Scientists at the Ruhr-University Bochum have investigated this phenomenon and show for the first time how simultaneous counterchange of luminance at the borders between object and background triggers activity waves in the visual brain. These waves may constitute a sensitive signal for motion detection. In their study, the scientists presented small gray squares on a monitor screen. The squares then either turned bright or dark with identical luminance intensities and the scientists recorded the subsequent brain activity. The surprising result was that the darkening squares were represented considerably earlier in the brain than the squares that brightened. “This shows that simultaneous changes in luminance occurring in the outer world were time-shifted in the brain,” says Sascha Rekauzke, first author of the study. A small temporal offset of a few milliseconds between the processing of darks and lights was already known. Within the eyes, retinal ganglion cells that signal light “ON” open their ion channels directly upon transmitter release. In contrast, light “OFF” signals are conveyed indirectly, via further intracellular cascades. The RUB scientist now showed that the resulting time difference is further amplified within the brain, in the range of about ten milliseconds.  As a consequence, simultaneous counterchange of luminance at neighboring locations leads to a spatiotemporal offset of activation in the brain. This offset triggers a motion signal in the form of a wave of activity spreading asymmetrically in one direction.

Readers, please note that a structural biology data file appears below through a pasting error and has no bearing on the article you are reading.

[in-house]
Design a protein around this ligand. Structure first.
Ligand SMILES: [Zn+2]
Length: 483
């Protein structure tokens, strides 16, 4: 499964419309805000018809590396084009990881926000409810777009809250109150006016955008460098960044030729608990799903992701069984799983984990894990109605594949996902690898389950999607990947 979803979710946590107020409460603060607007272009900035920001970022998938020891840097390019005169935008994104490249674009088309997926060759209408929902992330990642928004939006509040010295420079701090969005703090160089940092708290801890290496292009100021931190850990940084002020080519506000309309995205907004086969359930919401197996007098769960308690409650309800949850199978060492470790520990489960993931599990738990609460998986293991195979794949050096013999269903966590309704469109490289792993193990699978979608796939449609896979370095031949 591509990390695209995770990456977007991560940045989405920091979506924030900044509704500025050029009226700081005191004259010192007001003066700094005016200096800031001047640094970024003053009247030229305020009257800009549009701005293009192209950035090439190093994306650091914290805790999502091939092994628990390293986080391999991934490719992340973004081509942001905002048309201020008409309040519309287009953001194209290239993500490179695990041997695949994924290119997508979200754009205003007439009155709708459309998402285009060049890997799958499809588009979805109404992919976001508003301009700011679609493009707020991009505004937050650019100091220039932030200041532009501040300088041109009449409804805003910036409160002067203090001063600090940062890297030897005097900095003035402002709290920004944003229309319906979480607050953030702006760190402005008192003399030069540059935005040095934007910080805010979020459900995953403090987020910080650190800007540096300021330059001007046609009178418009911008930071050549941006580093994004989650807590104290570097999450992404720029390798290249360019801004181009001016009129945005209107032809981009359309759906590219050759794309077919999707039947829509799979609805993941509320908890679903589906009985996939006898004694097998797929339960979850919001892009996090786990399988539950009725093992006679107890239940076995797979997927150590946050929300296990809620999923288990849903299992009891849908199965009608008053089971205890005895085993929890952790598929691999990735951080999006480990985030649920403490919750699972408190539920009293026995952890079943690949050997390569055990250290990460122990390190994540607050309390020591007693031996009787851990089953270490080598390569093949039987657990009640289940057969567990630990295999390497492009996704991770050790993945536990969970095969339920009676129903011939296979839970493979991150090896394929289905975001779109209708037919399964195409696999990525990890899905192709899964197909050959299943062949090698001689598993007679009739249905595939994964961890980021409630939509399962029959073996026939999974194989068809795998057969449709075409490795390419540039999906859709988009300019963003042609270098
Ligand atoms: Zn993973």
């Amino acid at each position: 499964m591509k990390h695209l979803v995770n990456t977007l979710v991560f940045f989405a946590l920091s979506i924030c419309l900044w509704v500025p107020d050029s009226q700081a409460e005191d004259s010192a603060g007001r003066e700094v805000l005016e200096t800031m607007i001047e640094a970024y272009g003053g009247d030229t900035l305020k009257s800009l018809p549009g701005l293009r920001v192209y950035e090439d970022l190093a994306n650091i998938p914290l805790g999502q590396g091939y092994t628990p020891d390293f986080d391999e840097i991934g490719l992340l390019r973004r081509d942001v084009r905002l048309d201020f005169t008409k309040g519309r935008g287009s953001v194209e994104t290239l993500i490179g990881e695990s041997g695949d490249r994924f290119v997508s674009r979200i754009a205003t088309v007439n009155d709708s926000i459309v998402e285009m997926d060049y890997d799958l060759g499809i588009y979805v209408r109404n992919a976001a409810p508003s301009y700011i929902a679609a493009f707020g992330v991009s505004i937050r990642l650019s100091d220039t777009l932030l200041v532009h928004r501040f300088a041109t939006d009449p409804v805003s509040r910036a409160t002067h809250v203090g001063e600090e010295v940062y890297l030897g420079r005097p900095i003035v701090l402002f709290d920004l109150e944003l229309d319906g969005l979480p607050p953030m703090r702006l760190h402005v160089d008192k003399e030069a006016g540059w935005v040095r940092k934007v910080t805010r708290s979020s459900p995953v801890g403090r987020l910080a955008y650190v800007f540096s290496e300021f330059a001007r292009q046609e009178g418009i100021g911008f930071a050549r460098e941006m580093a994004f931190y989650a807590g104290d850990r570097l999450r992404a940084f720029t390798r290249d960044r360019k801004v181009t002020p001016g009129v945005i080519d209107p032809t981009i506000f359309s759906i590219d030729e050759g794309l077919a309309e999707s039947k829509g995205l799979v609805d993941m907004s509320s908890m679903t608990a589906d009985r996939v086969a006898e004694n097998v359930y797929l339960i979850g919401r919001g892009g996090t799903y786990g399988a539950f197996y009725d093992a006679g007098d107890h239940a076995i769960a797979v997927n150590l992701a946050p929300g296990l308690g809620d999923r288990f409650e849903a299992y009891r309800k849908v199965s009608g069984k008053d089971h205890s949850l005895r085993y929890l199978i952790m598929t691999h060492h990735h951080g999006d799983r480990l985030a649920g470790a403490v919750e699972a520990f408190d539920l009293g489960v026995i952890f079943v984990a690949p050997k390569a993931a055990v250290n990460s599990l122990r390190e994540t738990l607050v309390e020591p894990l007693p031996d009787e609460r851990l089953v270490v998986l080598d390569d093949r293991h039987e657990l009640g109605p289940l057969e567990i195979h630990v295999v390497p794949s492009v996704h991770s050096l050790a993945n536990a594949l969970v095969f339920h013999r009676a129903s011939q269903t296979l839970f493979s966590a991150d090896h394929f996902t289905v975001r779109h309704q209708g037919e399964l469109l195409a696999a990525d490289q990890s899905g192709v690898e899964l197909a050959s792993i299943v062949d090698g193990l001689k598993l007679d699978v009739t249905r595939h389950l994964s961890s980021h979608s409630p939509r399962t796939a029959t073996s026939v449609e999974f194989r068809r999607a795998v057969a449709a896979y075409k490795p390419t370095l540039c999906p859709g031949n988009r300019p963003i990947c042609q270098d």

Asymmetry is also used for sound localization: Acoustic waves from laterally displaced sources reach the ears with minimal temporal offset. From the interaural time difference neuronal networks compute time delays and our brain interprets from them the presumed direction of the sound source. As Dirk Jancke said: “Our brain is a giant comparison machine based on self-generated asymmetries. Our study further substantiates this and shows that this is true even for elementary steps in perception”. [1]

So we detect motion due to asymmetries. Asymmetries in our sensory organs. Asymmetries in our brain. The whole world is in motion. And we sense it.

But could the world be stable? Could the universe and the cosmos be completely symmetrical, thus motionless? Could the asymmetries in our sensors be the CAUSE of the illusion of motion?

Stop sensing.

And you will see everything.

In one place.